Another interesting TV show that I’ve been watching is the UK version of Dragon’s Den.
Realities of Business Pitching
It’s a reality television series about budding entrepreneurs who pitch their business ideas to multimillionaire investors. Some of the wealthy investors include Peter Jones, Theo Paphitis and Duncan Bannatyne. The entrepreneurs want to get a cash injection into their business from the investors in return for a percentage of the company’s stock.
Investors as Dragons?
The investors are seen as the “dragons” in the series, particularly because of their tough questions. The dragons also seem to instill fear and nervousness in many of the entrepreneurs. In fact, a number of the business pitchers bumble over their figures, get confused about their business model, and begin sweating profusely in the presence of the “dragons.”
Lessons from the Business Pitches on Dragons Den
While it’s very amusing to watch the entrepreneurs pitch their ideas, I respect them for actually putting their ideas out there and giving it a go. Many of them fail to get an investment though, but the lessons and the insights from the dragons is invaluable – both for the entrepreneur and for the viewer.
What Investors Look For in a Start Up
Here’s 3 business factors that many of the “dragons” regularly examine:
- Competitive Advantage – Often the dragons will ask the entrepreneur about why they think their business stands out above the rest.
The dragons want entrepreneurs to think about their competitive advantage so that the business will succeed and grow in spite of potential competitors. Some competitive advantages include patents and intellectual property rights as well as the first mover advantage.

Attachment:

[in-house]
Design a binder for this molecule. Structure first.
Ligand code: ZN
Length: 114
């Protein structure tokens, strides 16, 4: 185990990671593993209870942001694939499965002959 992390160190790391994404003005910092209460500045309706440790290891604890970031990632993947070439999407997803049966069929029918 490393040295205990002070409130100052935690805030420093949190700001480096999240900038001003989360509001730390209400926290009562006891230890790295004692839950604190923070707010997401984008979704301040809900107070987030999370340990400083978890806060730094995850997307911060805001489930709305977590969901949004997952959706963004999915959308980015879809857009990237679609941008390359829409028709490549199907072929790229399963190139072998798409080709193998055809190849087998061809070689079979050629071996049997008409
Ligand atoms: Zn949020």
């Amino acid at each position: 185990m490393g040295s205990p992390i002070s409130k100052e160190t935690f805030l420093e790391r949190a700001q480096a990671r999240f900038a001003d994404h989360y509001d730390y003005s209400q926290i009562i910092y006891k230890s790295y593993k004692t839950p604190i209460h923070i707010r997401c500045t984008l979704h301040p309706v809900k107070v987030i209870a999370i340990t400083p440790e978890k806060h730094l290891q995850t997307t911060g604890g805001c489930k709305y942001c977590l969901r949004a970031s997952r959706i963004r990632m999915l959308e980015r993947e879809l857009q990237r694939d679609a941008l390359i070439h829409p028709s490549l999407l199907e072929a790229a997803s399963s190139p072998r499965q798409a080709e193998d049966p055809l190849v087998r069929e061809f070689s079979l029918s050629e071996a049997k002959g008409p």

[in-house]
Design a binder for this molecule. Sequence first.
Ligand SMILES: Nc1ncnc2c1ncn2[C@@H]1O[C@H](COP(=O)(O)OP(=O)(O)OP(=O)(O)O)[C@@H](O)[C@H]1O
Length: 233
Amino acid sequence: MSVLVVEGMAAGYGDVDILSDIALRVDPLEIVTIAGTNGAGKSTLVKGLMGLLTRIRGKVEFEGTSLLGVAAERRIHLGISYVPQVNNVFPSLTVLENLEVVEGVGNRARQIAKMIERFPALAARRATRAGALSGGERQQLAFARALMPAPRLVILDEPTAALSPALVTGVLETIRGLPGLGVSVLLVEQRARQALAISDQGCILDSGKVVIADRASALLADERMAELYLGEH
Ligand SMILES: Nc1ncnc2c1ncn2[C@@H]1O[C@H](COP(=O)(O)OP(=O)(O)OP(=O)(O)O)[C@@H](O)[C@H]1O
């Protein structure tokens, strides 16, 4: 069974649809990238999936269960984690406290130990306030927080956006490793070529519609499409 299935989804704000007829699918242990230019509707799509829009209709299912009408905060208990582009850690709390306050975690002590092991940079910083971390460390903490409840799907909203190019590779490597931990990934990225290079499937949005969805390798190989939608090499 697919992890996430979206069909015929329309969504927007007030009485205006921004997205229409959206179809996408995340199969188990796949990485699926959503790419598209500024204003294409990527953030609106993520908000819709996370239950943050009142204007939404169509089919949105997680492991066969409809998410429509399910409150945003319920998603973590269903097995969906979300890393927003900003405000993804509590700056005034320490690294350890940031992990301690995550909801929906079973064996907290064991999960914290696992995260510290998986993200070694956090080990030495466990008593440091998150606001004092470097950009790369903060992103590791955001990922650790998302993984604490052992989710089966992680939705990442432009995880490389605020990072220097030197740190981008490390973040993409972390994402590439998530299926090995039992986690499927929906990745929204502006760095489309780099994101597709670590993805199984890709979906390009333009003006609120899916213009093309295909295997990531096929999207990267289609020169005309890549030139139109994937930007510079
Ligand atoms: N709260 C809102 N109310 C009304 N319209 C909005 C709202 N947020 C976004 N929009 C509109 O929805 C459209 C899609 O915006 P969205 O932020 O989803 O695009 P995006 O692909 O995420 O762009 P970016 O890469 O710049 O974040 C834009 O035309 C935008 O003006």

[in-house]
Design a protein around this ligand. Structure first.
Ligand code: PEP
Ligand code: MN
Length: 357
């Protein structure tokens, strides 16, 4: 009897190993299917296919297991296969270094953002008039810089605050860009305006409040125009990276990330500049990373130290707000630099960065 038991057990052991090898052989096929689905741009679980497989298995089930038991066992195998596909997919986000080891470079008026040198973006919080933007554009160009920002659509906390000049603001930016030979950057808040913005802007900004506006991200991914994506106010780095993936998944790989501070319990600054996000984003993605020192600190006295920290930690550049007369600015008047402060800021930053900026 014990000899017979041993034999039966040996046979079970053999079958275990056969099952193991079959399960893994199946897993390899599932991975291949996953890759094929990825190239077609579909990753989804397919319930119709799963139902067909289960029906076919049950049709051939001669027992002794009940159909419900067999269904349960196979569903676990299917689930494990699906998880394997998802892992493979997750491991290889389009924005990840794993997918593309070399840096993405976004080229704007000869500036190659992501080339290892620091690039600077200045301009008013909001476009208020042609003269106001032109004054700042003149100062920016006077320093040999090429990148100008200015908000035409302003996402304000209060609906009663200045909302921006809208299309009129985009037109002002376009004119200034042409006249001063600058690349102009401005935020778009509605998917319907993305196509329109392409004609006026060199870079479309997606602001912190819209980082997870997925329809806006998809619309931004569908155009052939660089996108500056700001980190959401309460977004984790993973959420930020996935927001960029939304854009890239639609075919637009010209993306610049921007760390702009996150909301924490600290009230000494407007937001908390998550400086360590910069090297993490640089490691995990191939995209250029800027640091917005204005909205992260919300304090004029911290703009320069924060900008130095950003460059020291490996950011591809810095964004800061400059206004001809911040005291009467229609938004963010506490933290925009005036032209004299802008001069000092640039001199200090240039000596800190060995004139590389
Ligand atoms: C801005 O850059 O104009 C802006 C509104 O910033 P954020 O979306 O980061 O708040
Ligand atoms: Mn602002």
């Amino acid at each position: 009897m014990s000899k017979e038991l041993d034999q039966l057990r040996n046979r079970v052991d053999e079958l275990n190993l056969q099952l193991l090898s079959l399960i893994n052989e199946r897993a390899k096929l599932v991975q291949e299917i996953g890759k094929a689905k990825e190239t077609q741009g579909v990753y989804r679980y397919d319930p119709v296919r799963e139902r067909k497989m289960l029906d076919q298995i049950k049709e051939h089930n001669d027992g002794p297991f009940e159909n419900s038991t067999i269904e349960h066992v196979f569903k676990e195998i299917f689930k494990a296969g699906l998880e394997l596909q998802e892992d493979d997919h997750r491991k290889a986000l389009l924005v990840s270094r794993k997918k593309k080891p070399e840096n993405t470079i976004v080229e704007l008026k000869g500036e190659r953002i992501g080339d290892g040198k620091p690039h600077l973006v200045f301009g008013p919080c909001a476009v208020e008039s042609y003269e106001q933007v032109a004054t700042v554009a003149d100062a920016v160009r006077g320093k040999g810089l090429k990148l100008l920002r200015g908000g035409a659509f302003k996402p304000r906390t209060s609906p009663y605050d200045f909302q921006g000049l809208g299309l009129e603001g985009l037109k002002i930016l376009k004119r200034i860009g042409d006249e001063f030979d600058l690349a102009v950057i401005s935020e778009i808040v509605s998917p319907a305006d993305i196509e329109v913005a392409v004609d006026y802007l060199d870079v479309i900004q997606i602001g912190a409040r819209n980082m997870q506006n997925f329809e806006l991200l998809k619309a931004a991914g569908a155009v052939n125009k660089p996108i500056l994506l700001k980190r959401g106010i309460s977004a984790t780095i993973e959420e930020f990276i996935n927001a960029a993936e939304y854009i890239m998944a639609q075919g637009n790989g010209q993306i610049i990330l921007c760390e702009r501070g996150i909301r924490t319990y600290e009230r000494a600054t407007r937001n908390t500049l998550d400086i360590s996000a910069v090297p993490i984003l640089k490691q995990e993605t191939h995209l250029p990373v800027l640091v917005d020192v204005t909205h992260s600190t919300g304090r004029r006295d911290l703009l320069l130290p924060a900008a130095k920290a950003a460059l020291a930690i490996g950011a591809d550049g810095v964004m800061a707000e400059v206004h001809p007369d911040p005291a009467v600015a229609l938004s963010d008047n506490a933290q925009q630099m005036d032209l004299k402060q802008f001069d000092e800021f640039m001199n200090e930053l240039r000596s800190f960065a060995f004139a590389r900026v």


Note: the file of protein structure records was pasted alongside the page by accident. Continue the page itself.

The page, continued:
- Debts and Losses – The dragons will ask the entrepeneur about their financials, including their balance, income and cash flow.
Many dragons, including myself, are astonished to find that some entrepeneurs will have invested tens of thousands of dollars already into their business or they are tens of thousands of dollars in debt. Many entrepreneurs also experience consistent negative cash flows. Sure, an initial loss is often expected in start up businesses, but a number of the Dragons Den entrepreneurs have experienced losses for several years. Sometimes the losses are tremendous and it is quite sad to watch it. Often the dragons’ advice to these entrepeneurs is to stop the business altogether because the venture is simply not profitable.
- Trustworthiness of the Entrepreneur – Interestingly, another major criteria for the investors is the personality of the entrepreneur.
Even though there are some average business models presented without a compelling competitive advantage, some dragons are still keen to invest in the entrepreneur because of their likeability. A major part of the investor-entrepreneur relationship is the trust between them. Dragons tend to like honest and hardworking people with integrity.
Learn from the Investors and Entrepreneurs of the Den
These are a few of the business lessons that I’ve learnt from the Dragon’s Den show. While entertaining, the series is also a great way to learn about starting up your own business and business pitching.